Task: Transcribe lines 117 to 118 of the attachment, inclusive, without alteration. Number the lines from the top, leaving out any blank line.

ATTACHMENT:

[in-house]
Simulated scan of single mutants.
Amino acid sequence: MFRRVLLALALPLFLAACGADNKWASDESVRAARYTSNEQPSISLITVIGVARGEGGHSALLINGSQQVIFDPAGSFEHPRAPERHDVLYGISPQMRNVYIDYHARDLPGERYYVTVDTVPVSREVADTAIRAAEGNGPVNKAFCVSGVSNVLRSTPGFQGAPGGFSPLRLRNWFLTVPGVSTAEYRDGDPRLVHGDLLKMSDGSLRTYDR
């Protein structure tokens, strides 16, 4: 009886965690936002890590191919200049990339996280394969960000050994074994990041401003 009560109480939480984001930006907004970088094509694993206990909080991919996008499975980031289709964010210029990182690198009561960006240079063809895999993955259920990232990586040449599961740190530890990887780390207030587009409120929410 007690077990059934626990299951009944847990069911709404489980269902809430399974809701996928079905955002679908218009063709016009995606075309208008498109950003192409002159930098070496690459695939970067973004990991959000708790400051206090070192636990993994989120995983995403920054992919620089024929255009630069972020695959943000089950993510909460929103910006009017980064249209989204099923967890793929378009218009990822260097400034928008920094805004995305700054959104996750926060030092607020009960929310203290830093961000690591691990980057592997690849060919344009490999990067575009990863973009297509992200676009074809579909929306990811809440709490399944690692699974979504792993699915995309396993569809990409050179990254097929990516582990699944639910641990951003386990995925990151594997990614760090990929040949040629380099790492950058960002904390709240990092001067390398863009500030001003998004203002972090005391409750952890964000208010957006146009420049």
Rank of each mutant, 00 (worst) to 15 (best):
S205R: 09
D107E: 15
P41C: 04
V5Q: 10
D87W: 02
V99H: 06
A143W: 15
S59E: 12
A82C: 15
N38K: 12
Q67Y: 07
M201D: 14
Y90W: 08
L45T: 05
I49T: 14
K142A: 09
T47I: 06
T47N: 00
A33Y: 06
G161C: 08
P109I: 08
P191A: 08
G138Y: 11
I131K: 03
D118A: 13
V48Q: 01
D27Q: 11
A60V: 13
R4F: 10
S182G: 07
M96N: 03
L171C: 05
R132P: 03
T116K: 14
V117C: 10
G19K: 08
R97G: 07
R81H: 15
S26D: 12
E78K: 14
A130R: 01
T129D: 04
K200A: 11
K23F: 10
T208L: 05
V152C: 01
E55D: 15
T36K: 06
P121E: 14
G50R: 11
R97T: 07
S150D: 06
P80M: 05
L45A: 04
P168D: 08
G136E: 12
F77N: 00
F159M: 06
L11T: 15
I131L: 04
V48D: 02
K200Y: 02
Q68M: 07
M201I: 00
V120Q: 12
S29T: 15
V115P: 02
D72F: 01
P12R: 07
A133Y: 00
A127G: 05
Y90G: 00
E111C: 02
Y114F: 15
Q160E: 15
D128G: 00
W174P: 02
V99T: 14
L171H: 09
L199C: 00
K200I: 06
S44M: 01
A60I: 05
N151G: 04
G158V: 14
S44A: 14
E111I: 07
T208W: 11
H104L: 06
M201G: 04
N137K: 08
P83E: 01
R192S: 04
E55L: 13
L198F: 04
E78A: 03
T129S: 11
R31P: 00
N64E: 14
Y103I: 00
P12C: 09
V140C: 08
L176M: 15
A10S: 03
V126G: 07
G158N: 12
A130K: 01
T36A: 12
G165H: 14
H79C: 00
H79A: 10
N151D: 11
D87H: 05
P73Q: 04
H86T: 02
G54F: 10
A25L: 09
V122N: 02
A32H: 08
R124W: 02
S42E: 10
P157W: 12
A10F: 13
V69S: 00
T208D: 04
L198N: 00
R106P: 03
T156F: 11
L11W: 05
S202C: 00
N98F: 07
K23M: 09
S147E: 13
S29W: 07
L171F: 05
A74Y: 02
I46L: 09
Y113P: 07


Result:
N151D: 11
D87H: 05